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Bavarians to join Great Lakes Premier League in 2016

05/03/2015, 11:15pm CDT
Bavarian SC logo

Teams from Bavarian SC and the Croatian Eagles have squared off for decades, from the Wisconsin Major leagues to state and regional cup competitions. Starting in 2016, the clubs will battle in another competition: the Great Lakes Premier League.

The Bavarians, based in Glendale, recently were announced as the first expansion team for the GLPL, which kicks off its inaugural season next Sunday. Franklin-based club Croatian Eagles is one of the league's five charter members.

"It should be good for both clubs – it will definitely help us push each other," said Patrick Hodgins, who coaches the Bavarians' team in the Wisconsin Soccer League Major Division and is expected to oversee the GLPL side along with Tom Zaiss.

"We're pretty excited. We're ready to go for next year."

Essentially, the GLPL team will replace the National Premier Soccer League side the Bavarians fielded from 2005 to '08 and 2010 to '13. The Bavarians were 48-28-6 in those eight seasons in the NPSL, winning the Midwest Region in 2011.

The Bavarians used their NPSL team as almost exclusively an Under-23 team, with active college players making up the roster, but Hodgins said the club's GLPL entry likely will include more of a mix of older players and college players.

"I think we're looking to get a pool of players together that can compete in the Great Lakes league, guys from around the area and from around the state who want to play at a higher level," Hodgins said.

"We'll offer our Majors guys an opportunity to play, but obviously, there will be an expectation of training and a commitment level that's different from our Majors team at the moment. The guys that are committed and wanting to do that, we'll have them play, and then bring in college guys to help us with our Great Lakes team and out Majors team as needed."

Hodgins said the Bavarians will continue to field teams in the WSL Major and First divisions and enter U.S Adult Soccer Association competitions. He pointed to the Croatian Eagles as a motivating factor behind the club's decision to join the GLPL.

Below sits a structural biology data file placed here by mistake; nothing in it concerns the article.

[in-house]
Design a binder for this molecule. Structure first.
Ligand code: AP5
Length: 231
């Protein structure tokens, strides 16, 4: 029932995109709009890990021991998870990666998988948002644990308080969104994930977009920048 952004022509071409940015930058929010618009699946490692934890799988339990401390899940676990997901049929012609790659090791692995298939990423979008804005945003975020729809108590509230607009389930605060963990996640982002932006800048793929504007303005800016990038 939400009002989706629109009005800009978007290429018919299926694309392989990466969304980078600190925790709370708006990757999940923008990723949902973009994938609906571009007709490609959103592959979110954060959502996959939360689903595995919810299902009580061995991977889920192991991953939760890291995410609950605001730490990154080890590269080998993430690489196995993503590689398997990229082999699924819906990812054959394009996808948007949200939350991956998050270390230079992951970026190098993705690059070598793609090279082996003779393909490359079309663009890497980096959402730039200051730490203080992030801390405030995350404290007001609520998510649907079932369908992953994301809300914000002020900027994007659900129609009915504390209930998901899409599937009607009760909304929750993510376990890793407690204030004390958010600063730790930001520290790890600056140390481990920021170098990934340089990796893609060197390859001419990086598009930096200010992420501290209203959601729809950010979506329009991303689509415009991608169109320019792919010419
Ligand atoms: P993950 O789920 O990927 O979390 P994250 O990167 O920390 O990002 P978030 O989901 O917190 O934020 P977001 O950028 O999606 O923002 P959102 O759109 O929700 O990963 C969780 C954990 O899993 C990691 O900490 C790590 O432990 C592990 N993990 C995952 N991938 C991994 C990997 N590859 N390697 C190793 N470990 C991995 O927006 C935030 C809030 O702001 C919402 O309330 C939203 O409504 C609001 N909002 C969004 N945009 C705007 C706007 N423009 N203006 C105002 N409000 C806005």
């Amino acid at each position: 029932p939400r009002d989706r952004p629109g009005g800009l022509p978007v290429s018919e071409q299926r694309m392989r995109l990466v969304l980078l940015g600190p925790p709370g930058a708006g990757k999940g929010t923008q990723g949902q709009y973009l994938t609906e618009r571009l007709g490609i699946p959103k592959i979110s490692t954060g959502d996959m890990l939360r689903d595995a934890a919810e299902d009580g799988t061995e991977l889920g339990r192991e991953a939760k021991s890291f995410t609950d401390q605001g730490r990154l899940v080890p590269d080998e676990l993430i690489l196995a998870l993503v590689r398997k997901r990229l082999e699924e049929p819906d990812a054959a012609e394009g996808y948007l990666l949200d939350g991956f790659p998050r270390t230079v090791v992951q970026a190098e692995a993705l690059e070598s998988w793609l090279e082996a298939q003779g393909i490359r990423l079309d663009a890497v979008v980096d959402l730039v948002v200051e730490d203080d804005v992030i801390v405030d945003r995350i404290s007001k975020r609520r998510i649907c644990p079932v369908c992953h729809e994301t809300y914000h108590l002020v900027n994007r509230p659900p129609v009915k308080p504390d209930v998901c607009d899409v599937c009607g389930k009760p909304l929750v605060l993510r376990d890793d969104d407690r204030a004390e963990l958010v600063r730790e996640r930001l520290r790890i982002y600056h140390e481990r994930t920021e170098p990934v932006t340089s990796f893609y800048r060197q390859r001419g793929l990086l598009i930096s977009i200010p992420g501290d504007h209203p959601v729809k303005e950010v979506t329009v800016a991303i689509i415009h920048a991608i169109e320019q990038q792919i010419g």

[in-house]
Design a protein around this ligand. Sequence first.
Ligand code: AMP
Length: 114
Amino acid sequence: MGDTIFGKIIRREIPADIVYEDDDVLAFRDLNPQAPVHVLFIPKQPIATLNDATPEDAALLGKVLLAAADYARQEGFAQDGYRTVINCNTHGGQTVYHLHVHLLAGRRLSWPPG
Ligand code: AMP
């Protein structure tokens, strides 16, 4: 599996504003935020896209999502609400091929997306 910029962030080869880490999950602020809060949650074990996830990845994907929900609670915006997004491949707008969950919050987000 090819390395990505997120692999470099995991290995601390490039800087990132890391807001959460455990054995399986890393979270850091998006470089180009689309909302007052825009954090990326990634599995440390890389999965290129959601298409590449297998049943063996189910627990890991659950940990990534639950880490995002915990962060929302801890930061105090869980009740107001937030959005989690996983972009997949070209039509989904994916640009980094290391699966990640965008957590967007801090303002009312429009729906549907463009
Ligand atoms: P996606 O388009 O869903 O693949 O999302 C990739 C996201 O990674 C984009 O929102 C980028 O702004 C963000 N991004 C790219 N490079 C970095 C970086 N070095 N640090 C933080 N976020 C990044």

"You see what's going on around you, you see what Croatians are doing and you want to feel like you're offering your players the same opportunties," said Hodgins, who previously coached the Croatians' Under-23 team. "You don't want to lose players to anybody else, and we felt like this was a good time to offer some things that just aren't in the Majors league."

Great Lakes Premier League logo

The GLPL was started over the winter by the owners of Grand Rapids FC and AFC Ann Arbor after their applications to join the NPSL as expansion teams were declined. They added fellow Michigan team Oakland United, also in its first season, along with two clubs with vast histories: Chicago's RWB Adria and the Croatians.

The Bavarians bring more prestige to the new league: They have won two USASA Open Cup titles and four national amateur Cups, in addition to 16 state Major titles since 1973. Hodgins said the Bavarians were in discussions with the league to be one of the GLPL founding members.

"At the time, given the timeline we had to accept a spot, we weren't ready to make a commitment for 2015," Hodgins said, noting that the Bavarians felt they needed to do their due diligence before joining the new league.

Suffice to say, any questions have been answered.

"In discussuions with Croatians and Adria, you see the kind of quality the league is putting out with those teams, we felt like it would be a good fit for our program and a good replacement for the NPSL," said Hodgins, who added that he also spoke with the other clubs to confirm the league's commitment and competition level.

One big advantage of the GLPL over the NPSL is the cost: Hodgins said the Bavarians paid a $2,000 entry fee, while the NPSL's entry fee is $12,500. Both leagues also have yearly team dues.

"In the Great Lakes, $12,000 could be your whole operating budget," Hodgins said. "It's a significant reduction in costs. ... There are a lot of financial pieces with the Great Lakes that make it more advantageous. A lot of the (road) trips, you can make in one day, one overnight; there's a lot less travel."

And travel costs could be even less, depending on how many more expansion teams the GLPL adds for 2016 – the league's news release announcing the addition of the Bavarians noted that bids will be considered through October.

"I don't think they're finished, just adding one team," he said. "I think they would like to get to 10 to 12 teams and have an East and West (division). And that would be great, because it would really reduce the travel even more."

Multiple sources familiar with the GLPL indicated that Madison, Eau Claire and Green Bay have been mentioned as potential expansion locations, and the league also has had discussions with a group about a second team in the Chicago area.

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